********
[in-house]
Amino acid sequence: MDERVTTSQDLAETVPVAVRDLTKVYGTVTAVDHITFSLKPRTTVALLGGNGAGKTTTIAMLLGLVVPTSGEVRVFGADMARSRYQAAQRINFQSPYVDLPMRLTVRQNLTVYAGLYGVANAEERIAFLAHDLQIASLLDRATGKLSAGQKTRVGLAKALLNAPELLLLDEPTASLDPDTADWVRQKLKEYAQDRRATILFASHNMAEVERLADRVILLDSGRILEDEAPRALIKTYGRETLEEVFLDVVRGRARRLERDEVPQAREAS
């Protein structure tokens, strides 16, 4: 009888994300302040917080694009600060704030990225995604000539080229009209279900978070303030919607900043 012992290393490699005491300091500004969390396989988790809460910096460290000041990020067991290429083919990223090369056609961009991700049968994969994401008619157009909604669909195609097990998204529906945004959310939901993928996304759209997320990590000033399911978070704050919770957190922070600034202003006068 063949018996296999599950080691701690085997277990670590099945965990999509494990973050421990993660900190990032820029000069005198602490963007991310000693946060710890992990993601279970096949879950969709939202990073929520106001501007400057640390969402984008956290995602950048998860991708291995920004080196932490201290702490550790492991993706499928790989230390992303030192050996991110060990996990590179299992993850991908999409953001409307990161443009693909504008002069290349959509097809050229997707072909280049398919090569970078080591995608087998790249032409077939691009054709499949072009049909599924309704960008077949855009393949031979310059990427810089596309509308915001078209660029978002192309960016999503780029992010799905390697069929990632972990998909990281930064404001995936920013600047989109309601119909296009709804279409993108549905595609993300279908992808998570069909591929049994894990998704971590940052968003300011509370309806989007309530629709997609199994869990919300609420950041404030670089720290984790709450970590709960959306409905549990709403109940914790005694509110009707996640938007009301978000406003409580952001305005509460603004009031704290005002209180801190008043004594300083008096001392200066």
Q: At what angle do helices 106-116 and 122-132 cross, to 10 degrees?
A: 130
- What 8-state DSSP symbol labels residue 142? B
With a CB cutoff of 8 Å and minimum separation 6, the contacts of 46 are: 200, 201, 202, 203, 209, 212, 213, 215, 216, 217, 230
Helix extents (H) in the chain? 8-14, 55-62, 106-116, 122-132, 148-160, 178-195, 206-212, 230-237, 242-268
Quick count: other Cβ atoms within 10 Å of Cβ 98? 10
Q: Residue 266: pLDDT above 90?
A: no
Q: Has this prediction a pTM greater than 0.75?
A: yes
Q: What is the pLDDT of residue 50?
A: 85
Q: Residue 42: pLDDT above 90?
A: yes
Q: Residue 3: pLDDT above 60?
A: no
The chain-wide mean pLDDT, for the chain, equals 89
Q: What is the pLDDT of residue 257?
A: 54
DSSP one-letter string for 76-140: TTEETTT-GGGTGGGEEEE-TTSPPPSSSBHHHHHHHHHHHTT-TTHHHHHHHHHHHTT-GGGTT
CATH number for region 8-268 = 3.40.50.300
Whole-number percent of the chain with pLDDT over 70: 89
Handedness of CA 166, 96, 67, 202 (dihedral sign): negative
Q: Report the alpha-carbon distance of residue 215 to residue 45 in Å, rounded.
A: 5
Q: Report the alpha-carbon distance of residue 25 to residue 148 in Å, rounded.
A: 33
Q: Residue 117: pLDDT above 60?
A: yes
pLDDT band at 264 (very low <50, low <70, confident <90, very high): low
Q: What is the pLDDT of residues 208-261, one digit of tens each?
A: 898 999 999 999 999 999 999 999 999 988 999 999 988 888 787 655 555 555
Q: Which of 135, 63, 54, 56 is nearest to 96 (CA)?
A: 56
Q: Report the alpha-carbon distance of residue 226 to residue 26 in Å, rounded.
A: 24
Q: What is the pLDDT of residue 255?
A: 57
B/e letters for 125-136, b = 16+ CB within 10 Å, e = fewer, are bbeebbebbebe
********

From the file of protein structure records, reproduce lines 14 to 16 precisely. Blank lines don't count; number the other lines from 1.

Q: What is the pLDDT of residue 50?
A: 85
Q: Residue 42: pLDDT above 90?